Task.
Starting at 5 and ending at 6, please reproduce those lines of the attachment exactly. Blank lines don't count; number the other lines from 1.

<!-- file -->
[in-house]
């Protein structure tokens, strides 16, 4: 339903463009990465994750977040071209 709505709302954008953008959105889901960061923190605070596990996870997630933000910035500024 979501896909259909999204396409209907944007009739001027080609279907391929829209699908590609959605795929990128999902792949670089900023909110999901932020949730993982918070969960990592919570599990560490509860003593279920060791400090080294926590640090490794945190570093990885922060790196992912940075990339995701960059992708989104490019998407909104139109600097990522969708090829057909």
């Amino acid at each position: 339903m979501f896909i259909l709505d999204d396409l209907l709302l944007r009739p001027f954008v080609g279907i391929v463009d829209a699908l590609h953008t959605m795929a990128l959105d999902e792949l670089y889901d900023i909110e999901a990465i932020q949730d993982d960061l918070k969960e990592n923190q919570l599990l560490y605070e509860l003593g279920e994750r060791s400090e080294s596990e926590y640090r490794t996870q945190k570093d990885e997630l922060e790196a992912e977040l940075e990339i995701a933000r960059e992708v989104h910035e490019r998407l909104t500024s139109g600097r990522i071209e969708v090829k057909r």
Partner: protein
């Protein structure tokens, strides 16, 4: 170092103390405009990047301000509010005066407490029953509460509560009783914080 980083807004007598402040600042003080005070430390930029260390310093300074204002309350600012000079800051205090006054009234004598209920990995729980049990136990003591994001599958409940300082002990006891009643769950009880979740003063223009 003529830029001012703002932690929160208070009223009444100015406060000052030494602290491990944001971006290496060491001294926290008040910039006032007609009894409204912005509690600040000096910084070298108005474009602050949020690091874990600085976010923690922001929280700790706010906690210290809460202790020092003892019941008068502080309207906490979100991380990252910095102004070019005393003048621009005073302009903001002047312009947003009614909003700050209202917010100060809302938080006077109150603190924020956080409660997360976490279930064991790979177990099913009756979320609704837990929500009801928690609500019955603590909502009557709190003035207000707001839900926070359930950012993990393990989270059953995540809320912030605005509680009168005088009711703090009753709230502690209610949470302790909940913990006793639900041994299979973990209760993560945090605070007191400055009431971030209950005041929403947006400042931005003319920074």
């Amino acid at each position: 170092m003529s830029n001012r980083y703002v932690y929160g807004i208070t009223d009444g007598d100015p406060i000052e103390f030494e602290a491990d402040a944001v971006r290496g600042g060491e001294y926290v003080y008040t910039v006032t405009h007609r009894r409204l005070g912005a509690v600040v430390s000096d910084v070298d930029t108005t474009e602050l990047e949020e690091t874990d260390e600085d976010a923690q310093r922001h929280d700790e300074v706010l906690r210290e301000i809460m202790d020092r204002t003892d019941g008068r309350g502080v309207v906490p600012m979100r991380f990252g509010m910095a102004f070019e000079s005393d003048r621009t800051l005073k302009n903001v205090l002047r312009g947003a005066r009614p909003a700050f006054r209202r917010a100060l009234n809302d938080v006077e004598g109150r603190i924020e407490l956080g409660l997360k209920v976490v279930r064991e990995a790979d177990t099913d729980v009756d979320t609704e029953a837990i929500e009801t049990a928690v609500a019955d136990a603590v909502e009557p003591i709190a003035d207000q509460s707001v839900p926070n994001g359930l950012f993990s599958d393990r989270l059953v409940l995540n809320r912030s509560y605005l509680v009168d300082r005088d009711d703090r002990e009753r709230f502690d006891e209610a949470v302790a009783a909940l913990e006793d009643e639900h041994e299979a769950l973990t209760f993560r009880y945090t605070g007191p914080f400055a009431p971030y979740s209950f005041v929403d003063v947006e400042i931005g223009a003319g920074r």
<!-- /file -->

């Protein structure tokens, strides 16, 4: 170092103390405009990047301000509010005066407490029953509460509560009783914080 980083807004007598402040600042003080005070430390930029260390310093300074204002309350600012000079800051205090006054009234004598209920990995729980049990136990003591994001599958409940300082002990006891009643769950009880979740003063223009 003529830029001012703002932690929160208070009223009444100015406060000052030494602290491990944001971006290496060491001294926290008040910039006032007609009894409204912005509690600040000096910084070298108005474009602050949020690091874990600085976010923690922001929280700790706010906690210290809460202790020092003892019941008068502080309207906490979100991380990252910095102004070019005393003048621009005073302009903001002047312009947003009614909003700050209202917010100060809302938080006077109150603190924020956080409660997360976490279930064991790979177990099913009756979320609704837990929500009801928690609500019955603590909502009557709190003035207000707001839900926070359930950012993990393990989270059953995540809320912030605005509680009168005088009711703090009753709230502690209610949470302790909940913990006793639900041994299979973990209760993560945090605070007191400055009431971030209950005041929403947006400042931005003319920074």
């Amino acid at each position: 170092m003529s830029n001012r980083y703002v932690y929160g807004i208070t009223d009444g007598d100015p406060i000052e103390f030494e602290a491990d402040a944001v971006r290496g600042g060491e001294y926290v003080y008040t910039v006032t405009h007609r009894r409204l005070g912005a509690v600040v430390s000096d910084v070298d930029t108005t474009e602050l990047e949020e690091t874990d260390e600085d976010a923690q310093r922001h929280d700790e300074v706010l906690r210290e301000i809460m202790d020092r204002t003892d019941g008068r309350g502080v309207v906490p600012m979100r991380f990252g509010m910095a102004f070019e000079s005393d003048r621009t800051l005073k302009n903001v205090l002047r312009g947003a005066r009614p909003a700050f006054r209202r917010a100060l009234n809302d938080v006077e004598g109150r603190i924020e407490l956080g409660l997360k209920v976490v279930r064991e990995a790979d177990t099913d729980v009756d979320t609704e029953a837990i929500e009801t049990a928690v609500a019955d136990a603590v909502e009557p003591i709190a003035d207000q509460s707001v839900p926070n994001g359930l950012f993990s599958d393990r989270l059953v409940l995540n809320r912030s509560y605005l509680v009168d300082r005088d009711d703090r002990e009753r709230f502690d006891e209610a949470v302790a009783a909940l913990e006793d009643e639900h041994e299979a769950l973990t209760f993560r009880y945090t605070g007191p914080f400055a009431p971030y979740s209950f005041v929403d003063v947006e400042i931005g223009a003319g920074r």